One of the interesting points noted by the Federal Court in the .DELMONTE decision was that registry endings like .com, .net, .org, .edu… are not considered part of the “domain name” for the purposes of analyzing cybersquatting cases:

“[i]n fact,rather than look at a gTLD to determine trademark rights, the Ninth Circuit and others ignore the TLD as though it were invisible next to the second level domain name in an infringement action.” citing Image OnlineDesign, Inc. v. Core Ass’n, 120 F. Supp. 2d 870, 878 (C.D. Cal. 2000)

There are a few instances where UDRP arbitration panels have found that a registry ending can be part of the “domain name.” For example, in a UDRP decision over the domain name www.project.me, the panel explained that the .me suffix was part of the domain name: 

“[i]

n this Panel’s opinion, to ignore the ccTLD identifier in all cases when considering identicalness or similarity of a .me domain name to a trademark is to ignore the commercial reality that, in the .me domain name space, the ccTLD identifier is likely to be a key part of the domain name. Thus, it is this Panel’s view that a determination of identicalness and similarity of a .me domain name may in appropriate cases be based on a consideration of the domain name as a whole – that is, of the domain name including the ‘.me’ suffix.” project.me GmbH v. Alan Lin Case, No. DME 2009-0008 (WIPO Nov. 11, 2009). (emphasis added)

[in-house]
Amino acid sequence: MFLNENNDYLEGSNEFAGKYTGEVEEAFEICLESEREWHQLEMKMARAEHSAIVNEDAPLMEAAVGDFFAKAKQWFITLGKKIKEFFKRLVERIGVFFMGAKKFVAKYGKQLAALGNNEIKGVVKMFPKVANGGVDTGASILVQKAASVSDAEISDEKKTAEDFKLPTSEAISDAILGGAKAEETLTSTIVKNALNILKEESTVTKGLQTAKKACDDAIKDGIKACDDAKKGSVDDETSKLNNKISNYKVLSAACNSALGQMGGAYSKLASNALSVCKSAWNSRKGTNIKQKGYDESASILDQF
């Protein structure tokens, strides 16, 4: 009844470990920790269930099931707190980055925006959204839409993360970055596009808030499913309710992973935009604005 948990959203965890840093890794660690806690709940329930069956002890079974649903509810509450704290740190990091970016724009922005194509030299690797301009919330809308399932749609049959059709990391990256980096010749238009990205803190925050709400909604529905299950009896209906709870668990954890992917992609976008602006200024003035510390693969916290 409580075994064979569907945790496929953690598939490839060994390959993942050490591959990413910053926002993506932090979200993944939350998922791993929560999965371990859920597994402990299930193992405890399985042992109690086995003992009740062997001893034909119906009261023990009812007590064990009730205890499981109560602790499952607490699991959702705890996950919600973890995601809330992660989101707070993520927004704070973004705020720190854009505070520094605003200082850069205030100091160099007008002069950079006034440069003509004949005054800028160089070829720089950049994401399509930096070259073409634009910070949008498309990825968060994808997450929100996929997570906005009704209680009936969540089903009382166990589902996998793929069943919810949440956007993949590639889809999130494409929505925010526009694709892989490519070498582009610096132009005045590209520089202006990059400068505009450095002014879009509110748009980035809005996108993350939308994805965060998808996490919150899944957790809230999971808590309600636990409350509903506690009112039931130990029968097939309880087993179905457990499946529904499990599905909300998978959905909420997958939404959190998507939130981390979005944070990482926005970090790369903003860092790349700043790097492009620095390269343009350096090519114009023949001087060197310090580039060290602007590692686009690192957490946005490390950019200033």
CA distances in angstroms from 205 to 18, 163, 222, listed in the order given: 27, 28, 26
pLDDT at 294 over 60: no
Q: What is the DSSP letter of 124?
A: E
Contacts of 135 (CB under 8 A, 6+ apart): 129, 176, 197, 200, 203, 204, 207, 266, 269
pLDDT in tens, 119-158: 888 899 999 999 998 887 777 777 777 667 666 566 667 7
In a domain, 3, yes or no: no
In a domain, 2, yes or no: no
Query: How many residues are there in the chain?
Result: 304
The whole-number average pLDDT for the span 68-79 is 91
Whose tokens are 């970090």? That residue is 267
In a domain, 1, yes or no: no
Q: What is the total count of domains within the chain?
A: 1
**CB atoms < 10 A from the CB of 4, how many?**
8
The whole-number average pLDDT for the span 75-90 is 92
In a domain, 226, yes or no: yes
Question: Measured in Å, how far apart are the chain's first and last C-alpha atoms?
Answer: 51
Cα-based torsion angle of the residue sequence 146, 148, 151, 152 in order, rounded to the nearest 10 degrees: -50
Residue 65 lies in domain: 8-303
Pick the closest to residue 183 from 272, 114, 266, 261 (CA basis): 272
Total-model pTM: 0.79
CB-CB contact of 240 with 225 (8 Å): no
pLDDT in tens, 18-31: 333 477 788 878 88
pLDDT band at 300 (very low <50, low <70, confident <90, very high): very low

This exception will have to be expanded in the New gTLD world. Specifically, in the New gTLD world domain names that function as both common terms and trademarks will create cybersquatting situations in some registries but not in others. This will happen frequently in the case of “arbitrary trademarks” – i.e., trademarks that are common terms used in association with unrelated goods.

For example, the trademark APPLE, owned by Apple, Inc. for computers, software, etc… is an arbitrary trademark because it is a term not normally associated with computers/software. Apple, Inc.’s rights to the trademark APPLE do not, however, prevent others from being able to use the term “apple” for trademarks related to apple farms, apple juice and similar areas of goods/services that are part of its ordinary meaning.

In the New gTLD world if the term “apple” is registered in a computer or software related registry, that will likely create the commercial impression that it is related to Apple, Inc. However use of the term “apple” in the .FARM New gTLD is probably not going to be a problem because it uses the term as part of its ordinary meaning/usage. In any case, the registry name will become an important “association” factor for the domain name as a whole.

 

 

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